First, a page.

Health: how Parliament wants to control spending

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Health

The costs exceed 83 billion: why does nobody really want to curb them?

The National Council advises the center’s cost brake initiative. In future, the party wants to prevent bonuses from increasing faster than wages. But she is alone with the problem.

Federal Councilor Alain Berset is trying to convince Parliament of the objectives. He follows him with an extremely small majority.

Alessandro Della Valle / KEYSTONE

Thomas de Courten called the cost control initiative “dangerous”. The SVP of health therefore demanded Tuesday at the National Council on behalf of the health commission that the initiative of the center party be rejected. The cost brake does not take into account medical progress or the aging of the population. If bonuses are rising much faster than salaries, action should automatically be taken – and reduce expenses. The Federal Council also warns against “rationing” and “two-class medicine”.

Apart from the center party, no one wants the initiative.

And yet, the Health Commission has been working on a counter-proposal since January. Because nervousness is rising regarding September, when the next round of bonuses is due. FDP National Councilor Philippe Nantermod has warned that costs will increase dramatically in 2022, so premiums could also increase by up to 9%. The industry expects a similar scenario in 2023. The Health Commission didn’t want to sit idly by and watch costs grow, Nantermod said.

Surprising turnaround: the targets aren’t dead after all

And yet, the counter-proposal that the Federal Council had drawn up and which pursues similar objectives to the initiative failed with health policies. But on Tuesday, the idea celebrated an unexpected revival in the National Council: with 94 votes to 91, the plenum voted on cost targets which should trigger corrections if they are exceeded. At the very least, the physicians, cantons and insurers involved should jointly examine whether cost-cutting measures are necessary.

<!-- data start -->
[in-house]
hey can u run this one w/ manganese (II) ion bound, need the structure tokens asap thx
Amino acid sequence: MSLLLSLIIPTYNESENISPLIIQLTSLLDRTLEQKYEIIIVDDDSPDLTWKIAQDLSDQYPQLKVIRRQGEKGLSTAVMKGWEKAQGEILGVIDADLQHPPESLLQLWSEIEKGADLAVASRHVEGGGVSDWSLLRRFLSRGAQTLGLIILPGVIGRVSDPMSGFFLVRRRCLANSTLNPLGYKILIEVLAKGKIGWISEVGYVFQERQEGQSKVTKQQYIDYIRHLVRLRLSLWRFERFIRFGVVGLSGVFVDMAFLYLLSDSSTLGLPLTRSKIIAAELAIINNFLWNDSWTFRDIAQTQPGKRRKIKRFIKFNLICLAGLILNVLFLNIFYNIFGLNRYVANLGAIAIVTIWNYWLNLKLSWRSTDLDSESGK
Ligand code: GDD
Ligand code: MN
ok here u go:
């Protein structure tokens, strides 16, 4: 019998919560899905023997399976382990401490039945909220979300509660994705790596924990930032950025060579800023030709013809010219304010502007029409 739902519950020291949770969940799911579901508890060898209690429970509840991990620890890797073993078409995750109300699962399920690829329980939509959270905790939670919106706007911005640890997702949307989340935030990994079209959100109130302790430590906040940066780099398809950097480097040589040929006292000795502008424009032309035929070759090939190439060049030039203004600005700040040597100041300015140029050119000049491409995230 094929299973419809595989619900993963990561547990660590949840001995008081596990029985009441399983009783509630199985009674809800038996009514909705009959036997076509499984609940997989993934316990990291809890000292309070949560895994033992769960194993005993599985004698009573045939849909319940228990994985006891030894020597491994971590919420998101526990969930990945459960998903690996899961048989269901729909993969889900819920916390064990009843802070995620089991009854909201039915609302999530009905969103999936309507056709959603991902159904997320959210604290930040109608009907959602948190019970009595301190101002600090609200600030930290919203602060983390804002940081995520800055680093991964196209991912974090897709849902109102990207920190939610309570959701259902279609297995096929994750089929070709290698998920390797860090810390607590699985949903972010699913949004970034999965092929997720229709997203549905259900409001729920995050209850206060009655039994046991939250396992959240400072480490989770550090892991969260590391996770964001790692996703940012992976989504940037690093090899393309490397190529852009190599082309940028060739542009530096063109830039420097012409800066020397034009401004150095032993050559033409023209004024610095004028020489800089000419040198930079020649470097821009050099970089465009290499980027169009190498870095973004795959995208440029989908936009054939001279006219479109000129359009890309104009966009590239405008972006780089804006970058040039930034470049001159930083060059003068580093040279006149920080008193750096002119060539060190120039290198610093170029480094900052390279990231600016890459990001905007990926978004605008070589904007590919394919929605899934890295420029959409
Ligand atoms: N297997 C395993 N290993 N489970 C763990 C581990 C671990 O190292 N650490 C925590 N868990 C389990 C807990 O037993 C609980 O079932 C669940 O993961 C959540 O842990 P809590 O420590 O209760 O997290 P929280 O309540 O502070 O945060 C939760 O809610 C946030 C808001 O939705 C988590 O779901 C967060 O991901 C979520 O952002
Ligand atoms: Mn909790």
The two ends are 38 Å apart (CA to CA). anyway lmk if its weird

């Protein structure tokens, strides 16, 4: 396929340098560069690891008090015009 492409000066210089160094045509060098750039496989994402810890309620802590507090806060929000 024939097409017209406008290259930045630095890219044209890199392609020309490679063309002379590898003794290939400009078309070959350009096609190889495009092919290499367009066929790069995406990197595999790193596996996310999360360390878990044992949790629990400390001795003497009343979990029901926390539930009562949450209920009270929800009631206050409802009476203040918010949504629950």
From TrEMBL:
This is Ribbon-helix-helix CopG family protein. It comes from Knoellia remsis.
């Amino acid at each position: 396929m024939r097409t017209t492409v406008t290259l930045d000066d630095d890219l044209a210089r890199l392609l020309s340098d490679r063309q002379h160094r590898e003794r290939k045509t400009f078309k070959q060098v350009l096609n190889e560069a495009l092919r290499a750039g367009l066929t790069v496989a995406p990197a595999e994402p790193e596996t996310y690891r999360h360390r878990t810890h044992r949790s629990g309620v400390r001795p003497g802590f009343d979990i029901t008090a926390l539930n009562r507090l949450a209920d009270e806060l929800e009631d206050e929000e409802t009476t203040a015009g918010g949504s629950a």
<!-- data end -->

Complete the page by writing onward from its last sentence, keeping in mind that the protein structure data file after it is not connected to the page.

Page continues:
The majority of the council won against the SVP, FDP and GLP – also because four SVP members and three Green Liberals missed the vote. However, it’s still unclear whether the counter-proposal will survive in this release. The project has not yet been discussed, the National Council must still decide on Wednesday on the individual measures and the overall package. GLP and Greens will decide: do they offer a helping hand for a compromise?

Although costs were widely seen as an issue, the UDC rejected the counter-proposal from the outset. The FDP was also always skeptical, but then used the vehicle to introduce its own measures. But because the targets are back in the law, the FDP also rejects the counter-proposal. There is no reason to bail out the center in this case, explained Aargau National Councilor Maja Riniker.

Paradise for gourmets: The reproach to the opponents

Gerhard Pfister, chairman of the center, is committed to his party's cost control initiative.

Gerhard Pfister, chairman of the center, is committed to his party’s cost control initiative.

Alessandro Della Valle / KEYSTONE

In fact, Gerhard Pfister’s party is seeking a compromise to withdraw the face-saving initiative. But it must meet certain conditions – such as goals. The fact that other parties are struggling with this is due to the “healthcare cartel”, Pfister said. It lives so well today on bad incentives that these are no longer bad, but profitable. “The health system in Switzerland is a unique perpetual mobile self-service, a paradise for gourmands”, declared the president of the center. The billion-dollar market is full of experts, consultants, committees and interest groups who don’t want to change their lucrative business model. Pfister concludes his sweeping statement with the following recommendation: the only way to break the cartel is to pressure the targets. The fact that a majority in Parliament does not want this is demonstrated by the close association with the lobbies.

Difficult search for allies

After all: the SP helps with the counter-proposal, even if not with full conviction. The party must arm itself with arguments if it wants to defend its own initiative to reduce dues. Calling for government support without trying to get to the root of the problem would be too easy. In addition, she receives active support from the center for a generous counter-proposal design to the bonus initiative.

The Greens, on the other hand, do not attach much importance to cost targets: services must be available, affordable and accessible to all. In general, the problem is not the costs, but the financing.

And finally, the GLP is also in a dilemma. The party rejects the cost targets, but considers that a counter-proposal is useful for initiating reforms.

Are goals really the last word in cutting costs? The Council of States will also have to take up this question.

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